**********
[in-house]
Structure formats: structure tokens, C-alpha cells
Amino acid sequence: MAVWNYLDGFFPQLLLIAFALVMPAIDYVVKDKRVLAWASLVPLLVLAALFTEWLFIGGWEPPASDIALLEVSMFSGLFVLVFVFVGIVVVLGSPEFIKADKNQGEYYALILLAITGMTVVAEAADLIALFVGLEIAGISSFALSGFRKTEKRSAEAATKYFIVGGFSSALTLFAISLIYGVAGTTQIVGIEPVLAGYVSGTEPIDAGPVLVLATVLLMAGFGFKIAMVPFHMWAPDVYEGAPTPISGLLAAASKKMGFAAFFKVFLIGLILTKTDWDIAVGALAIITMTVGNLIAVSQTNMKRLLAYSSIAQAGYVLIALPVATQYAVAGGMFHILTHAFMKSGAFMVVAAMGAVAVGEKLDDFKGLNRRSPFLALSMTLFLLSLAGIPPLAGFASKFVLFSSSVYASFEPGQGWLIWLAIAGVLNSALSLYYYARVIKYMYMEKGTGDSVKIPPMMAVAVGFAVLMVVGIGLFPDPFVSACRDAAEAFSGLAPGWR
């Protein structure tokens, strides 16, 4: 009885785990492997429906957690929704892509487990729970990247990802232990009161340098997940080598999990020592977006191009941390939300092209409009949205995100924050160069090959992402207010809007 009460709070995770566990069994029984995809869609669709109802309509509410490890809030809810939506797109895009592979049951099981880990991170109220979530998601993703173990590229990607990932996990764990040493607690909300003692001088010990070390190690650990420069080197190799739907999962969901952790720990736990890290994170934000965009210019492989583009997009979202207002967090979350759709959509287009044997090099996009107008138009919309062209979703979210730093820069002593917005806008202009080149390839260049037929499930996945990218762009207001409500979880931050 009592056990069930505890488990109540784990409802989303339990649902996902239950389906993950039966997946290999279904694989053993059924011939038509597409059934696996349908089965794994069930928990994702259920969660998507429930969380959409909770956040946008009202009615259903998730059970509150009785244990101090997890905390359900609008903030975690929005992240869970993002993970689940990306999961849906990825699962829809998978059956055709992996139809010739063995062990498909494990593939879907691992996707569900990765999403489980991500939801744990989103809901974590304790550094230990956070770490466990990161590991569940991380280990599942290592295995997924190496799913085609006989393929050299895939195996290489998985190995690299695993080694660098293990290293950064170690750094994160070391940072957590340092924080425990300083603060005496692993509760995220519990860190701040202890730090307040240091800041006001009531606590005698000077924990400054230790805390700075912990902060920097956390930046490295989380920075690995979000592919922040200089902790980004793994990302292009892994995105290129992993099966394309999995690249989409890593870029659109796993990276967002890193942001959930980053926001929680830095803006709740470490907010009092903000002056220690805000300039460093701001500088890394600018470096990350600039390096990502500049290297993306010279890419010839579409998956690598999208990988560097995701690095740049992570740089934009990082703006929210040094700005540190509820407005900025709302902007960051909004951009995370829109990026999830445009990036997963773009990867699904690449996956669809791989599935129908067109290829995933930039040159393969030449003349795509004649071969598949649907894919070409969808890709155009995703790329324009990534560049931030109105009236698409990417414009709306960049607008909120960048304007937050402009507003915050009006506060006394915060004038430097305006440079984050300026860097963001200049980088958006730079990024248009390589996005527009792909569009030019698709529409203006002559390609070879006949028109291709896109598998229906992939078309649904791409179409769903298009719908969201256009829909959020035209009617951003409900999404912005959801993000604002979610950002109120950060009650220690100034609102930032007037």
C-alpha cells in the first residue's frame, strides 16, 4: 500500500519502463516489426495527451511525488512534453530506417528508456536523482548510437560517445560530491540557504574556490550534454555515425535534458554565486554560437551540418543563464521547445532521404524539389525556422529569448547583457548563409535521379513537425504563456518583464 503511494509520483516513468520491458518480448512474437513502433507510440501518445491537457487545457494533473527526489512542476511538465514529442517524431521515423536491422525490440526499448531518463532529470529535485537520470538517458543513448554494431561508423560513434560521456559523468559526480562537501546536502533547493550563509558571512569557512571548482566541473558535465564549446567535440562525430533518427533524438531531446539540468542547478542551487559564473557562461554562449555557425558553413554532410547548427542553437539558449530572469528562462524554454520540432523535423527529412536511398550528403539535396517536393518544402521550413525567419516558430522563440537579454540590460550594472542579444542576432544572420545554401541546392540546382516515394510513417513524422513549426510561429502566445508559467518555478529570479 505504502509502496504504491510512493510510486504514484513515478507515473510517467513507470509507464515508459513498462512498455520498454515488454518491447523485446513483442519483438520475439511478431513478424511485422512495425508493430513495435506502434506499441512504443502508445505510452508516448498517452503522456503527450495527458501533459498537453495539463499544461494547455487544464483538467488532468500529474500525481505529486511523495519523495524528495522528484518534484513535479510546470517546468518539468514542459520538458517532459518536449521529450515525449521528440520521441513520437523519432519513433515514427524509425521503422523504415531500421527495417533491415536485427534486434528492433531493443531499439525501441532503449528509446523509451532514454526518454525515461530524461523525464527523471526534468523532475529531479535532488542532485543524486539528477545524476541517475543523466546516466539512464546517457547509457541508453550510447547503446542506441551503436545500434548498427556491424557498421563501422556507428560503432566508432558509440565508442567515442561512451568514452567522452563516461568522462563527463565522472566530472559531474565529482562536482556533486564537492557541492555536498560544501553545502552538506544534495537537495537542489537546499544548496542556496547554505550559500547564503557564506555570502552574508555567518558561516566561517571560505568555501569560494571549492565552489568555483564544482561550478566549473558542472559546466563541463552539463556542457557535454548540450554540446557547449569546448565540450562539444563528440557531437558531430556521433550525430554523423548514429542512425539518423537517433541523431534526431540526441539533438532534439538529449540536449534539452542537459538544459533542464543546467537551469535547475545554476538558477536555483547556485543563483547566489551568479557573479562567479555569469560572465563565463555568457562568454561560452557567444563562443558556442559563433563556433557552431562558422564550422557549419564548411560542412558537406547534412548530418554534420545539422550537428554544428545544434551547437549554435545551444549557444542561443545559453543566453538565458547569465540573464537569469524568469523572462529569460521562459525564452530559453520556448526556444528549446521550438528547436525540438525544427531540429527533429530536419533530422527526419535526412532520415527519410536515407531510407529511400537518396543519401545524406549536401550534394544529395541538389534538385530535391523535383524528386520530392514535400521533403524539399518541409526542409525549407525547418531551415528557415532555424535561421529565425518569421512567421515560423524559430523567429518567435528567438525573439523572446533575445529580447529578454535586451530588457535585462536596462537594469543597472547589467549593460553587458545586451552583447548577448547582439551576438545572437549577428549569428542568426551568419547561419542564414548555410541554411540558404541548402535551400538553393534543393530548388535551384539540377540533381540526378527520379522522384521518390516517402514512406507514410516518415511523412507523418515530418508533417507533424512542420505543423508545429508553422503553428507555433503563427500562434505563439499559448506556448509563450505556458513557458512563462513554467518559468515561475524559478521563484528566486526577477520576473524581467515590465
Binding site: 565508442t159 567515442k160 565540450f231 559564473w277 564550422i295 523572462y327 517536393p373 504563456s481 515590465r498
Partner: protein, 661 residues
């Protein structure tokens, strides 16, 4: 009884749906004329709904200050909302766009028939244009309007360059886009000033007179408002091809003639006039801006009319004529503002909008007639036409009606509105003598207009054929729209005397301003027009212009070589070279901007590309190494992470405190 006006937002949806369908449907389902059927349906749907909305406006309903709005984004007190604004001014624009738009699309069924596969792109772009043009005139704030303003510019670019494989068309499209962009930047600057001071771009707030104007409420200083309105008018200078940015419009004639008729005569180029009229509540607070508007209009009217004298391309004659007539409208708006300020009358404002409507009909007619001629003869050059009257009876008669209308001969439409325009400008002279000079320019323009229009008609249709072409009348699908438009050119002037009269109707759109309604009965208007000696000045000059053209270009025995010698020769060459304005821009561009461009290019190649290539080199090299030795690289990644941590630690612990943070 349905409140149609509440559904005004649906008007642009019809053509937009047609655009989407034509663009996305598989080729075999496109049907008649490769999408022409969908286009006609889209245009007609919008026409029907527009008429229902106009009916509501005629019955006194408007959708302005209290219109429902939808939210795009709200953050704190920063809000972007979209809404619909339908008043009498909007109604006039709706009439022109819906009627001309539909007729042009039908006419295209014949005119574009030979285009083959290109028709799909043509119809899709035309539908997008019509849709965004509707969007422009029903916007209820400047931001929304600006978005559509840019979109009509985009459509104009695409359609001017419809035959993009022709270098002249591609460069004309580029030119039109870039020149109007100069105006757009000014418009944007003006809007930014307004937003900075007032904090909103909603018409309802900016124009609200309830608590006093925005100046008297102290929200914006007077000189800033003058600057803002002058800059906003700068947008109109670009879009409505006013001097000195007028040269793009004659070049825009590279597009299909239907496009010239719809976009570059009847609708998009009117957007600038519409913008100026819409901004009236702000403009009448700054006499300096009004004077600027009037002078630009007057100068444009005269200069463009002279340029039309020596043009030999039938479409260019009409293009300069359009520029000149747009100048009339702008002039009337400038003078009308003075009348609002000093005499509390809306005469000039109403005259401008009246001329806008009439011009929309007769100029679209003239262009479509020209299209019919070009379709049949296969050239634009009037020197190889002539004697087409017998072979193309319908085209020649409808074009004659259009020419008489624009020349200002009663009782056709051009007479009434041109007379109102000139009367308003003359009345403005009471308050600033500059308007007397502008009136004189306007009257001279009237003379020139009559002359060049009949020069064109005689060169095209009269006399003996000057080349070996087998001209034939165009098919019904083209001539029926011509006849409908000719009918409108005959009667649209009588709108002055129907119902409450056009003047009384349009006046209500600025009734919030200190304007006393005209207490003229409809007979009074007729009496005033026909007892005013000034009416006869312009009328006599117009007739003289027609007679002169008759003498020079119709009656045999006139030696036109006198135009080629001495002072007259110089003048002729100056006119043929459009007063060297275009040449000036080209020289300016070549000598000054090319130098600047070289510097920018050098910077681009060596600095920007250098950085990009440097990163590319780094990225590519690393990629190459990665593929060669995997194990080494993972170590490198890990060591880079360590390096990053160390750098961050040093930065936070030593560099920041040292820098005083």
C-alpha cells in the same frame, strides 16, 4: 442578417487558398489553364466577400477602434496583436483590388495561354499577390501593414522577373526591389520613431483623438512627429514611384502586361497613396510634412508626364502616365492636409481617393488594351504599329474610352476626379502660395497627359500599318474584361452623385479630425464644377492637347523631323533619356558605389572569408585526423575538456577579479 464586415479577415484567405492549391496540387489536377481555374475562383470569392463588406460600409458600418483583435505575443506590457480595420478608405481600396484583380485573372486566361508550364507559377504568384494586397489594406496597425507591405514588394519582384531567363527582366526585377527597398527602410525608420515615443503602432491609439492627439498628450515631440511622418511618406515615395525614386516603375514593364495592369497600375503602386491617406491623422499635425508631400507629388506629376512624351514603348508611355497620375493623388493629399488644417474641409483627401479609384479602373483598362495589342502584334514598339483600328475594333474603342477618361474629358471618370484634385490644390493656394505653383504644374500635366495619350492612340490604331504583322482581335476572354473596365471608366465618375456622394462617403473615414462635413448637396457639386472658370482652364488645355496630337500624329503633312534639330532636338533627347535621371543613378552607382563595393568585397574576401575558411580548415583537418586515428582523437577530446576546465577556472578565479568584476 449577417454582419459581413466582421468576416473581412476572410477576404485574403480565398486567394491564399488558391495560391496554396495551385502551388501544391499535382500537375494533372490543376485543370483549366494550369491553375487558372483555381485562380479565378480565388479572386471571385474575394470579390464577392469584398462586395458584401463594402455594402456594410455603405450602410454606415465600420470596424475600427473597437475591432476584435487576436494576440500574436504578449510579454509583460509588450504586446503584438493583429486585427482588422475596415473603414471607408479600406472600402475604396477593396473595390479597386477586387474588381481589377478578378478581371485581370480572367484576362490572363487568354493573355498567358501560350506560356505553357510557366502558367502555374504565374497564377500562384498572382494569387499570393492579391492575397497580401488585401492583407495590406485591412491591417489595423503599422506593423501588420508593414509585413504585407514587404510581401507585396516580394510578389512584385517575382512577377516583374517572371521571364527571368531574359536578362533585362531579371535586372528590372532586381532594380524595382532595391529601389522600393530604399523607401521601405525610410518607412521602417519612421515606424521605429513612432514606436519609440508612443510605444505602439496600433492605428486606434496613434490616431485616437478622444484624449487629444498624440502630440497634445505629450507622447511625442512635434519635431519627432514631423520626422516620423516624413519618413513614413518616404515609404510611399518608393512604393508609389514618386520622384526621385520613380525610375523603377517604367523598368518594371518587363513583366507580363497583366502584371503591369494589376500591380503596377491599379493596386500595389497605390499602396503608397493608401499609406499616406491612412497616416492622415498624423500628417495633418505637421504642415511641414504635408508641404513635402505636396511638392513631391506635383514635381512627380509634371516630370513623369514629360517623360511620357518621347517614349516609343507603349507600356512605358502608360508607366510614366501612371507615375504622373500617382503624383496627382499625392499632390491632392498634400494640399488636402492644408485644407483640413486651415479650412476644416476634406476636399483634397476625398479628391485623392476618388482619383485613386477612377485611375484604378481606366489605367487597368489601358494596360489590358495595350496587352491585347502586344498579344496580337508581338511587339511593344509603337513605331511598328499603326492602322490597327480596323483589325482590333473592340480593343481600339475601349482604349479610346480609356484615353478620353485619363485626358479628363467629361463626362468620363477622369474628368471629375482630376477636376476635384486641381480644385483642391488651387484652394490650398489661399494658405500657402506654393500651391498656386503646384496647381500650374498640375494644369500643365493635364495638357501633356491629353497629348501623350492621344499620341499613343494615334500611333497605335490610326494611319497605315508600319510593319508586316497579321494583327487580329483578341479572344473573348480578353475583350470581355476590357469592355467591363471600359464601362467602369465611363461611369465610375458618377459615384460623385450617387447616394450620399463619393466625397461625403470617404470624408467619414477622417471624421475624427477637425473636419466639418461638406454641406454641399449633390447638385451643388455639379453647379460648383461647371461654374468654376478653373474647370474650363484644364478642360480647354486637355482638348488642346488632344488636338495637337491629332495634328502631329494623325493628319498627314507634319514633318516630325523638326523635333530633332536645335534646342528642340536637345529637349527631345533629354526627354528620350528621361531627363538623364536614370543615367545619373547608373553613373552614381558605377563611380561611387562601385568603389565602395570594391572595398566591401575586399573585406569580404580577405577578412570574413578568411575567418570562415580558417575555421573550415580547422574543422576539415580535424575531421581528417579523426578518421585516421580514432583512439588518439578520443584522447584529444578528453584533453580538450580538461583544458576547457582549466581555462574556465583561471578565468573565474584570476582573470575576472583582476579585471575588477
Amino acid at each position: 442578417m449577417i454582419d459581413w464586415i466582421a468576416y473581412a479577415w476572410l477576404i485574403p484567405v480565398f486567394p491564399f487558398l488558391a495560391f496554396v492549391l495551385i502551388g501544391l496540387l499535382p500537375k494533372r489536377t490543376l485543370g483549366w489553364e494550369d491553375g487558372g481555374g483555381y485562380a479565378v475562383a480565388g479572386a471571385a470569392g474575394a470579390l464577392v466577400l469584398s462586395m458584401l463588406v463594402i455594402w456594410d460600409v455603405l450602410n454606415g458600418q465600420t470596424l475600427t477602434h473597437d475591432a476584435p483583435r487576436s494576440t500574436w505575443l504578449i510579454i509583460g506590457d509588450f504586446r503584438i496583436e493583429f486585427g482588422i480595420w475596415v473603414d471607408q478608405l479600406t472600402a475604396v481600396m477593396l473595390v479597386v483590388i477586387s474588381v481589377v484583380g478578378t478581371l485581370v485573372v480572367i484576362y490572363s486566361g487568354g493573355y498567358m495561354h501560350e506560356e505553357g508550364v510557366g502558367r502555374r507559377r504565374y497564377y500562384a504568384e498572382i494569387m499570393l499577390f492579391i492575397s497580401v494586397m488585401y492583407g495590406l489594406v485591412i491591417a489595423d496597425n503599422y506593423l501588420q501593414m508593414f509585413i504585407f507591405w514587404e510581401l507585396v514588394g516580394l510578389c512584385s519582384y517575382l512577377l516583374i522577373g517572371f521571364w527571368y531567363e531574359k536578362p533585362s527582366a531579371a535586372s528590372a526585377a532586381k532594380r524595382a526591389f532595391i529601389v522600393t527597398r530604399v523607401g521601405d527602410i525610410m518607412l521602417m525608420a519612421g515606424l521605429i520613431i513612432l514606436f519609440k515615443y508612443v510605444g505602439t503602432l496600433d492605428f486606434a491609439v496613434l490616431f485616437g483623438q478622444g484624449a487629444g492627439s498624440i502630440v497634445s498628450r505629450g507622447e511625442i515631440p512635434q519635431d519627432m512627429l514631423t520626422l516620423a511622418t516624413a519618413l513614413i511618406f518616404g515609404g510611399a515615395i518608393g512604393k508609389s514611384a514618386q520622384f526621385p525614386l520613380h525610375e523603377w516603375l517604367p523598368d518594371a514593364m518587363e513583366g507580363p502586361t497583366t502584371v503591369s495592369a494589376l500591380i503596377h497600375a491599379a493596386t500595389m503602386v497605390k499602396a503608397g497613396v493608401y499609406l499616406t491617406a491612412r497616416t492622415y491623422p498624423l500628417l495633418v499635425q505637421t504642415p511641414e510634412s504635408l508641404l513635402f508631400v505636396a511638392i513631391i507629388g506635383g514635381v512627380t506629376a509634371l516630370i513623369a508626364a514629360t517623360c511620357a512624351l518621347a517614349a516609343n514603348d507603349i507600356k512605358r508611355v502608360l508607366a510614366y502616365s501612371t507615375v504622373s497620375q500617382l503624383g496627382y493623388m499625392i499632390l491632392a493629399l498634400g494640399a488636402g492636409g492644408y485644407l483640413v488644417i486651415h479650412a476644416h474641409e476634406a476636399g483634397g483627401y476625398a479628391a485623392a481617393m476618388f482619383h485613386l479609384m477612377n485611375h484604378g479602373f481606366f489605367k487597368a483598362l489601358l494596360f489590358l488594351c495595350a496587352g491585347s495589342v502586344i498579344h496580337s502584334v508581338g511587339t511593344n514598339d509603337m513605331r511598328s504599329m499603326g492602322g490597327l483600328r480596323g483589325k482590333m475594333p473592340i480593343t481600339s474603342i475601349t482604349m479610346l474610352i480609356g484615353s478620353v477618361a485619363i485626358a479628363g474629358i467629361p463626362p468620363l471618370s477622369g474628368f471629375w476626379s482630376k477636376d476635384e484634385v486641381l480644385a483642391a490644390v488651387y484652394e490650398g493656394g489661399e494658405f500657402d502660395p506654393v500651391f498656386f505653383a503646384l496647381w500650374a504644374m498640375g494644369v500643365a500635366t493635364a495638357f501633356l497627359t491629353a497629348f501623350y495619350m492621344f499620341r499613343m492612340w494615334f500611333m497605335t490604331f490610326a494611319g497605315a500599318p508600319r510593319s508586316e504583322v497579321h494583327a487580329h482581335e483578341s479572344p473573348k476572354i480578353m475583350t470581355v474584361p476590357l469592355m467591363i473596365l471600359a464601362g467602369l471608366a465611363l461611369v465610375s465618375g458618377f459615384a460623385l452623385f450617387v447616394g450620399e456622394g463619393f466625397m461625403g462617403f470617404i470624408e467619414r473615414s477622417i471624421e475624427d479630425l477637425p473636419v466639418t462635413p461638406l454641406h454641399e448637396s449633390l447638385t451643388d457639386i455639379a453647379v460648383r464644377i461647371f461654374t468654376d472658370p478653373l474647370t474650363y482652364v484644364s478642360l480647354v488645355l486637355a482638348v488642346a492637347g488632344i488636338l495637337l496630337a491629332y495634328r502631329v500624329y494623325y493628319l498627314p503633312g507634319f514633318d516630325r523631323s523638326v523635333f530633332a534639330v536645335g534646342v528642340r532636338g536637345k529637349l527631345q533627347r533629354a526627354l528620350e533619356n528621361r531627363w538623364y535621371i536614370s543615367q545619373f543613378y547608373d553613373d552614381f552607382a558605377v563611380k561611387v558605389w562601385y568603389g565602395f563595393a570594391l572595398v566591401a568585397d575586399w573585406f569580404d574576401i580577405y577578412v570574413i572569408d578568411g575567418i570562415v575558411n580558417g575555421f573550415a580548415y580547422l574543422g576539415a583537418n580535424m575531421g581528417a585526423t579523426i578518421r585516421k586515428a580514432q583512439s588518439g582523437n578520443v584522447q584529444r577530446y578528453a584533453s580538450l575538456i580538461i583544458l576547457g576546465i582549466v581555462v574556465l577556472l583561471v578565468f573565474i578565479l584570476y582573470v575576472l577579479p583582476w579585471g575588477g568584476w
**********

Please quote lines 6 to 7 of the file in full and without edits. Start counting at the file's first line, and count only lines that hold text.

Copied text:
Binding site: 565508442t159 567515442k160 565540450f231 559564473w277 564550422i295 523572462y327 517536393p373 504563456s481 515590465r498
Partner: protein, 661 residues